4. From Moscow To Nijni-Novgorod
THE distance between Moscow and Irkutsk, about to be traversed by Michael
Strogoff, was three thousand four hundred miles. Before the telegraph wire
extended from the Ural Mountains to the eastern frontier of Siberia, the dispatch
service was performed by couriers, those who traveled the most rapidly taking
eighteen days to get from Moscow to Irkutsk. But this was the exception, and the
journey through Asiatic Russia usually occupied from four to five weeks, even
though every available means of transport was placed at the disposal of the
Michael Strogoff was a man who feared neither frost nor snow. He would have
preferred traveling during the severe winter season, in order that he might
perform the whole distance by sleighs. At that period of the year the difficulties
which all other means of locomotion present are greatly diminished, the wide
steppes being leveled by snow, while there are no rivers to cross, but simply
sheets of glass, over which the sleigh glides rapidly and easily.
Perhaps certain natural phenomena are most to be feared at that time, such as
long-continuing and dense fogs, excessive cold, fearfully heavy snow-storms,
which sometimes envelop whole caravans and cause their destruction. Hungry
wolves also roam over the plain in thousands. But it would have been better for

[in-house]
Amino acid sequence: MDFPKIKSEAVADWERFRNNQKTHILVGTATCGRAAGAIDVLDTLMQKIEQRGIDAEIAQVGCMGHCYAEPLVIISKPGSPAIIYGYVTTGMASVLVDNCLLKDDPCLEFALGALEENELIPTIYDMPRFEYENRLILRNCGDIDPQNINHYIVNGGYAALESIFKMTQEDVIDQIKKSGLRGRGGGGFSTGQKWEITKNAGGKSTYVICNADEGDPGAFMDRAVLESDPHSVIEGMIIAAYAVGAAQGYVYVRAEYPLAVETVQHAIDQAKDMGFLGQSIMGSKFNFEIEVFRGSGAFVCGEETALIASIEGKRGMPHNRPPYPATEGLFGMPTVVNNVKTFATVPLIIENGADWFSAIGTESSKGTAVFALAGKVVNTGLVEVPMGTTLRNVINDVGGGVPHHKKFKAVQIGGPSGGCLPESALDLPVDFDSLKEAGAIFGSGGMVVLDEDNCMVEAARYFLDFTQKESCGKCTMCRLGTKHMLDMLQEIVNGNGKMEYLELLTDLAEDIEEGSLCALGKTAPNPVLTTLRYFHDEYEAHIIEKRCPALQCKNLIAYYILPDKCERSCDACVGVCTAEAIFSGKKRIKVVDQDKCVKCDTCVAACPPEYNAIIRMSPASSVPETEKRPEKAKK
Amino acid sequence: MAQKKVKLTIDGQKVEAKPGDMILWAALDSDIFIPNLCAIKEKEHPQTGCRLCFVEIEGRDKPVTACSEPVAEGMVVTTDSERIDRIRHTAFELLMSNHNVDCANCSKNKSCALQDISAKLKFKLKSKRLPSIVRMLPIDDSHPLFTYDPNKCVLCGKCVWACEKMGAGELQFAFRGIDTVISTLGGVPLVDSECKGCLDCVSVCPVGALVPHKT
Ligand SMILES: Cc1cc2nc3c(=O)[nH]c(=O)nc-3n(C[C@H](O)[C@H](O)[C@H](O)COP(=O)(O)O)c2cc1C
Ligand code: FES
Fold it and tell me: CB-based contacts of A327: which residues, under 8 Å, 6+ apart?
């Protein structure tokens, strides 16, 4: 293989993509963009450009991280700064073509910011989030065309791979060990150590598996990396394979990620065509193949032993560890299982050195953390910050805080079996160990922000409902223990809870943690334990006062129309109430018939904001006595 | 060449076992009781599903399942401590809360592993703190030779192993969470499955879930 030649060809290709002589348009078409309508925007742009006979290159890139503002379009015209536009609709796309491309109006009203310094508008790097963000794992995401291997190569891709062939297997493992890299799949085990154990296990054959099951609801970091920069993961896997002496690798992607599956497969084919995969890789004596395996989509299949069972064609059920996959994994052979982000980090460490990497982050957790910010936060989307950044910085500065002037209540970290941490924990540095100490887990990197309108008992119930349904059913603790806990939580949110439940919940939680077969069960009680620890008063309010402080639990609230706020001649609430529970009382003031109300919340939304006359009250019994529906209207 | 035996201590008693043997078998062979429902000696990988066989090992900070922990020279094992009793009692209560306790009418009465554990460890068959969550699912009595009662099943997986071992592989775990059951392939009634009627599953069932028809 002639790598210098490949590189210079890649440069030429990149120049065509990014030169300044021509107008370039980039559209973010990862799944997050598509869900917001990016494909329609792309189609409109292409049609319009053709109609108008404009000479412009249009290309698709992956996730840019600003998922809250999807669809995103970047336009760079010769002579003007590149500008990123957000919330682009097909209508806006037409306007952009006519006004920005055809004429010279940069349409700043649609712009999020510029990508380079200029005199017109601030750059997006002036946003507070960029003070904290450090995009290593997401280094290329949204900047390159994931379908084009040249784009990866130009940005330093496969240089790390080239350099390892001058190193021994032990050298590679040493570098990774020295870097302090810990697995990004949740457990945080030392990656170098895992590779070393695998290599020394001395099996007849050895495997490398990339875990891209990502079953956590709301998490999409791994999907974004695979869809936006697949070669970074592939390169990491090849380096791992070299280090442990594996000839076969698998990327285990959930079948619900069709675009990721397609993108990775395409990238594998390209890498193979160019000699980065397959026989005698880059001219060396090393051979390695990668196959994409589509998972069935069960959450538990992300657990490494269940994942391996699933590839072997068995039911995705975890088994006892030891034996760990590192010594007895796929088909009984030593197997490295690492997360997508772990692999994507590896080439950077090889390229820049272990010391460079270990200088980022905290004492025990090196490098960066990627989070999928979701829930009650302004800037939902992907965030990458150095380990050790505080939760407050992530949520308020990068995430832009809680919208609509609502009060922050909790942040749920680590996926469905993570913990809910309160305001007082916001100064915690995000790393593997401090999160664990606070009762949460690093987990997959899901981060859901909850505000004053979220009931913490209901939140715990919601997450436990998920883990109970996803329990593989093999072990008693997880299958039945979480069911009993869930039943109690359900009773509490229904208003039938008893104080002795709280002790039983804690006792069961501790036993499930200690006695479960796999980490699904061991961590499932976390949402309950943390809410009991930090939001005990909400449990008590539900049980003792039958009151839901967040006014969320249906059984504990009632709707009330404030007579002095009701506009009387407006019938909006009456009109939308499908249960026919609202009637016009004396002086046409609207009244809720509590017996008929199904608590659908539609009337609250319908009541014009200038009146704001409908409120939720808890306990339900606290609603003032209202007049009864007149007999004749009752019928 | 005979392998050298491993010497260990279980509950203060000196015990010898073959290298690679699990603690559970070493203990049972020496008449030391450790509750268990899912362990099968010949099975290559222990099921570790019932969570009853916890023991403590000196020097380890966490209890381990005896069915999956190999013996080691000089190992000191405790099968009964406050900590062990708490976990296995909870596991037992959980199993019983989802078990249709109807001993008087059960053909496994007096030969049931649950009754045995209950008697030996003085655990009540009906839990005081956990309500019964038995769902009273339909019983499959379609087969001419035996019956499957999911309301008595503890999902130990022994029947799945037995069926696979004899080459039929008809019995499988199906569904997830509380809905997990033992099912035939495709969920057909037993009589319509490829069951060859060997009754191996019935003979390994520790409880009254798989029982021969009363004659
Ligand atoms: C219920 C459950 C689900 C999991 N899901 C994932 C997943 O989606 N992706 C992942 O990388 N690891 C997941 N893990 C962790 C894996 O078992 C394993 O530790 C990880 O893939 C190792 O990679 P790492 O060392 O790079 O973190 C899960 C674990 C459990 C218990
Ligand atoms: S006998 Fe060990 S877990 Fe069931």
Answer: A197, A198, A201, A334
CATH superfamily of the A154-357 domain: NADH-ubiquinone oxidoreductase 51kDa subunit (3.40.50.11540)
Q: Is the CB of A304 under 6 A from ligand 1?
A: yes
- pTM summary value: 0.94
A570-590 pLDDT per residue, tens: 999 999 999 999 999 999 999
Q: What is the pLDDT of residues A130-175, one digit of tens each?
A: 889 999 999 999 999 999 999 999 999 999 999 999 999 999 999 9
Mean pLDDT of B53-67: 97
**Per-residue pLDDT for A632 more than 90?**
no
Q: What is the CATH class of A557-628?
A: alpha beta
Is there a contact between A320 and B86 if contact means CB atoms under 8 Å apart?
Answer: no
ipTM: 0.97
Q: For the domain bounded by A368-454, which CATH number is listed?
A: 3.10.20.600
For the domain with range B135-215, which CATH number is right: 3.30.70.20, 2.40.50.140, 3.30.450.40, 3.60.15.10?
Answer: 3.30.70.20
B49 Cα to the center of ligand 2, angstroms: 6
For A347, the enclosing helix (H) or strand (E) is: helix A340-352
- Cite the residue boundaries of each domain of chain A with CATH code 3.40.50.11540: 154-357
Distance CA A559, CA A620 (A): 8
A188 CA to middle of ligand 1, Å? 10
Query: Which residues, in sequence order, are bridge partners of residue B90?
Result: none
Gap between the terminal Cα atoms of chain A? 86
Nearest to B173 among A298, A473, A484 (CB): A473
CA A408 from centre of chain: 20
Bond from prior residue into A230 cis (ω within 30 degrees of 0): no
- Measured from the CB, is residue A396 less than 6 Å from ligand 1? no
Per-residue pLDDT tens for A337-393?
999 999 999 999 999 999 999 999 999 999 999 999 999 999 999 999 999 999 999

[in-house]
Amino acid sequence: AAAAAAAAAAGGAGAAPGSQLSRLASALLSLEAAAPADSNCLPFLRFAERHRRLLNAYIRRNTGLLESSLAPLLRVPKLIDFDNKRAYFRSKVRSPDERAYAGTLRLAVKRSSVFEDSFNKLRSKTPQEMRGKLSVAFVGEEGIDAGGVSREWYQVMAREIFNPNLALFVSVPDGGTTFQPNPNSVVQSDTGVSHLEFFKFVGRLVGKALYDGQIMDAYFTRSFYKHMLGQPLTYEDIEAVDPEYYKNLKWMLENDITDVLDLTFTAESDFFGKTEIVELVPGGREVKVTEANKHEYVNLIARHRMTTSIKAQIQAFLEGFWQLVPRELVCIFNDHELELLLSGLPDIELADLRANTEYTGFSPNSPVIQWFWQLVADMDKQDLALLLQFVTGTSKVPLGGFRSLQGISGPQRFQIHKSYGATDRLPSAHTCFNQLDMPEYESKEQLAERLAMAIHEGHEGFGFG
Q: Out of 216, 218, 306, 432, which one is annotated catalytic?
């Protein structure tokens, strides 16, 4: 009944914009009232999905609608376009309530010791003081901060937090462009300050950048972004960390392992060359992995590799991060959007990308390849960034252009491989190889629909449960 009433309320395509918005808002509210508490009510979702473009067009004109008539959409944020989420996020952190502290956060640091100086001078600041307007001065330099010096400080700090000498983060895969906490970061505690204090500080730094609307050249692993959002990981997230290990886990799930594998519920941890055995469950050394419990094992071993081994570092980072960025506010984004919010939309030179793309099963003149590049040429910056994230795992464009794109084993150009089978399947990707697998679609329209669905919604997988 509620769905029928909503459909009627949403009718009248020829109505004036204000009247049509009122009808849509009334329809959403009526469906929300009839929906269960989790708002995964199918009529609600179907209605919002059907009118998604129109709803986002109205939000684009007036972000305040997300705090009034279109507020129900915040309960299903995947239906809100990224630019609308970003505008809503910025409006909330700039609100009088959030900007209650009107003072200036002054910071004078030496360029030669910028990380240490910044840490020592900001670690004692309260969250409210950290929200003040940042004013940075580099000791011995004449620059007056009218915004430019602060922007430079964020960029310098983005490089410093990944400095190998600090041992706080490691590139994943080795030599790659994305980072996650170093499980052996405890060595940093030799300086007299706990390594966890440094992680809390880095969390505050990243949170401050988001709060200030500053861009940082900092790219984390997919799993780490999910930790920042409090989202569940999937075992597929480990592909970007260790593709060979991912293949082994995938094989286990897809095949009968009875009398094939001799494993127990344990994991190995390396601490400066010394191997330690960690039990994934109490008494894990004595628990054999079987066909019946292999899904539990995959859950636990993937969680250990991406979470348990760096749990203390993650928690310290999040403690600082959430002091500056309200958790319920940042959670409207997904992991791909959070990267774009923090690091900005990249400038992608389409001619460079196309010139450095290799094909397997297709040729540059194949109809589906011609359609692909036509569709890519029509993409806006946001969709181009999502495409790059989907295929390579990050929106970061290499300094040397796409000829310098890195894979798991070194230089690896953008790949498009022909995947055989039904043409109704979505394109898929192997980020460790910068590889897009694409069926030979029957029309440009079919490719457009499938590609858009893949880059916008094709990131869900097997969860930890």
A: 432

Michael Strogoff to face these risks; for during the winter the Tartar invaders
would have been stationed in the towns, any movement of their troops would
have been impracticable, and he could consequently have more easily performed
his journey. But it was not in his power to choose either weather or time.
Whatever the circumstances, he must accept them and set out.
Such were the difficulties which Michael Strogoff boldly confronted and prepared
In the first place, he must not travel as a courier of the Czar usually would. No
one must even suspect what he really was. Spies swarm in a rebellious country;
let him be recognized, and his mission would be in danger. Also, while supplying
him with a large sum of money, which was sufficient for his journey, and would
facilitate it in some measure, General Kissoff had not given him any document
notifying that he was on the Emperor's service, which is the Sesame par
excellence. He contented himself with furnishing him with a "podorojna."
This podorojna was made out in the name of Nicholas Korpanoff, merchant,
living at Irkutsk. It authorized Nicholas Korpanoff to be accompanied by one or
more persons, and, moreover, it was, by special notification, made available in
the event of the Muscovite government forbidding natives of any other countries
to leave Russia.
The podorojna is simply a permission to take post-horses; but Michael Strogoff
was not to use it unless he was sure that by so doing he would not excite
suspicion as to his mission, that is to say, whilst he was on European territory.
The consequence was that in Siberia, whilst traversing the insurgent provinces,
he would have no power over the relays, either in the choice of horses in
preference to others, or in demanding conveyances for his personal use; neither